Do complete business plan financials include three years of monthly financial projections? Five years? One year? Obviously the answer to this frequently asked business plan financials question depends on the specific context. Sometimes specific organizations, business plan readers, require some specific timeframe. The Small Business Administration (SBA), for example, requires at least 12 months of monthly projections for most of its mainstream loan guarantee programs.
For normal planning purposes, for any normal company, you should have at least 12 months detailed month by month for business plan financial forecasts. That would be for sales forecast, cost of sales, your burn rate, and eventually the complete financial forecast, if you’re going to do it. Then have another two years beyond that, for three years total, as annual projections.
If you’re using LivePlan this solves itself with the settings in your plan. If you’re doing it yourself with a standard spreadsheet, the normal structure looks like the illustration here:
That doesn’t mean you don’t think in longer terms. Think about what you want for your business for 5, 10, 20 years. I’m all in favor of that. But I don’t think you should plan for very long time periods in the detail of financial forecasts. The larger numbers — sales, for example, involve so much uncertainty that the time you spend trying to project more detail isn’t worth it. At least not in normal cases. If you’re farming lumber from tree farms, maybe. Another special case I’ve seen is the long development and planning cycle for mainstream pharmaceutical research, requiring years of spending before getting to revenue.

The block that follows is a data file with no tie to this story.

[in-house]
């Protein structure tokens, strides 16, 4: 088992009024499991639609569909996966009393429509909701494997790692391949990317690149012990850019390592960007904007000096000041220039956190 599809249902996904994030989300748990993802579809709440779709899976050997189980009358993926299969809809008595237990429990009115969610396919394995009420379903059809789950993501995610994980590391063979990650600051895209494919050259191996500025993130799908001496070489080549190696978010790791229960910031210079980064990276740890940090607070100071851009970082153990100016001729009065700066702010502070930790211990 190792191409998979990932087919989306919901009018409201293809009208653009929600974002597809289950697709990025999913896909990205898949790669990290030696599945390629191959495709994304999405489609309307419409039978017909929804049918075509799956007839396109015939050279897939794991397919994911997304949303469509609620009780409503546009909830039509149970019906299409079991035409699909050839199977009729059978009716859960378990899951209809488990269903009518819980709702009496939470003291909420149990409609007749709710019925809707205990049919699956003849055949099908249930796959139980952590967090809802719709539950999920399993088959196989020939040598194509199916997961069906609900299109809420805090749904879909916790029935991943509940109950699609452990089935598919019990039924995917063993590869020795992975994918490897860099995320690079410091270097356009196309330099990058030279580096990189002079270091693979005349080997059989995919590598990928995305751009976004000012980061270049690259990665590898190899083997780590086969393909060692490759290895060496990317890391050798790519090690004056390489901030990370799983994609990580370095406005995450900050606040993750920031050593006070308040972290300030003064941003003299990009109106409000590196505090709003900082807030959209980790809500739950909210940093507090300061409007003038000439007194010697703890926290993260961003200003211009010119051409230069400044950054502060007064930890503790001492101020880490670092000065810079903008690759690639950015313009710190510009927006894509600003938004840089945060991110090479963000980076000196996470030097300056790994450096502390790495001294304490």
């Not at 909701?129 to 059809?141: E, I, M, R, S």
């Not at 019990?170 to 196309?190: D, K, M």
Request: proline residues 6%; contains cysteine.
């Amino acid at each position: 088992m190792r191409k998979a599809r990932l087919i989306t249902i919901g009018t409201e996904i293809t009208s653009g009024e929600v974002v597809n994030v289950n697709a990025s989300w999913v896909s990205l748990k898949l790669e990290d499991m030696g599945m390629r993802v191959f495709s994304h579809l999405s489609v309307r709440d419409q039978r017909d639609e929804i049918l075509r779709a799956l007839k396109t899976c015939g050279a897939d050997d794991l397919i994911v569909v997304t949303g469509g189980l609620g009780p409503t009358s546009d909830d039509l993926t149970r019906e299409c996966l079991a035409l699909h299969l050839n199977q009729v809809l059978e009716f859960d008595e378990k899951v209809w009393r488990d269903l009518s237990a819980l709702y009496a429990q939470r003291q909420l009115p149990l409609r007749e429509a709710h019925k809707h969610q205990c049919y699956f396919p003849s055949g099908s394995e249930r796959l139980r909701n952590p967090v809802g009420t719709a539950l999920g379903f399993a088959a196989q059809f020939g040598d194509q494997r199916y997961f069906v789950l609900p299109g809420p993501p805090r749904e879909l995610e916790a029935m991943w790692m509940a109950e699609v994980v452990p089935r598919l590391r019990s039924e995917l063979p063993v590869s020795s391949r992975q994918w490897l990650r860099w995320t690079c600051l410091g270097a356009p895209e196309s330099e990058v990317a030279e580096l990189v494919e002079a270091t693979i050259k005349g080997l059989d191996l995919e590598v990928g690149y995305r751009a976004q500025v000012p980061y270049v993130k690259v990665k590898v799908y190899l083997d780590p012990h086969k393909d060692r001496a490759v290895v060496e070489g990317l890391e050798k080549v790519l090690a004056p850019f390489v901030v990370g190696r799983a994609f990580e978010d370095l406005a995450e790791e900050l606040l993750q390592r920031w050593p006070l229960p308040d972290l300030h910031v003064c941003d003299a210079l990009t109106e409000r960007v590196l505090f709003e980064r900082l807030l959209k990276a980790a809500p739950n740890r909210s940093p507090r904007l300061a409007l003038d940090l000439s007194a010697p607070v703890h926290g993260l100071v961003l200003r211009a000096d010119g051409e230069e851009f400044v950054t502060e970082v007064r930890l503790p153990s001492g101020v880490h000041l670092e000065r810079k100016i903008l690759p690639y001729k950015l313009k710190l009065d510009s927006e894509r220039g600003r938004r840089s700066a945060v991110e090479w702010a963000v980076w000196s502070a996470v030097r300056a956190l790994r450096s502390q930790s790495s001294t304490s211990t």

You can put too much detail into a business plan. You run into a problem of diminishing returns. For the detail it takes to run the monthly cash flow into the second year and beyond, with so much compounded uncertainty, the information value, and decision-making benefits, are rarely worth it.
Be forewarned. You’ll run into experts who will say you need more than 24 months, or more than five years in detail. They will be very sure of themselves. Sometimes what they mean is that they know more than you do, so they want you to suffer more. Or they want you to pay them to do the financials instead. Or they don’t like you or your business plan and they’re embarrassed to tell you. So instead, they say you need to forecast in more detail. If they are investors, what they mean is they don’t want to invest and they don’t want to tell you why. If they are loan managers, they don’t want to make the loan. And they don’t want to tell you the real reason.
My advice to you, when that comes up, is that unless you are a special case (if you are, you know who you are), look for another expert.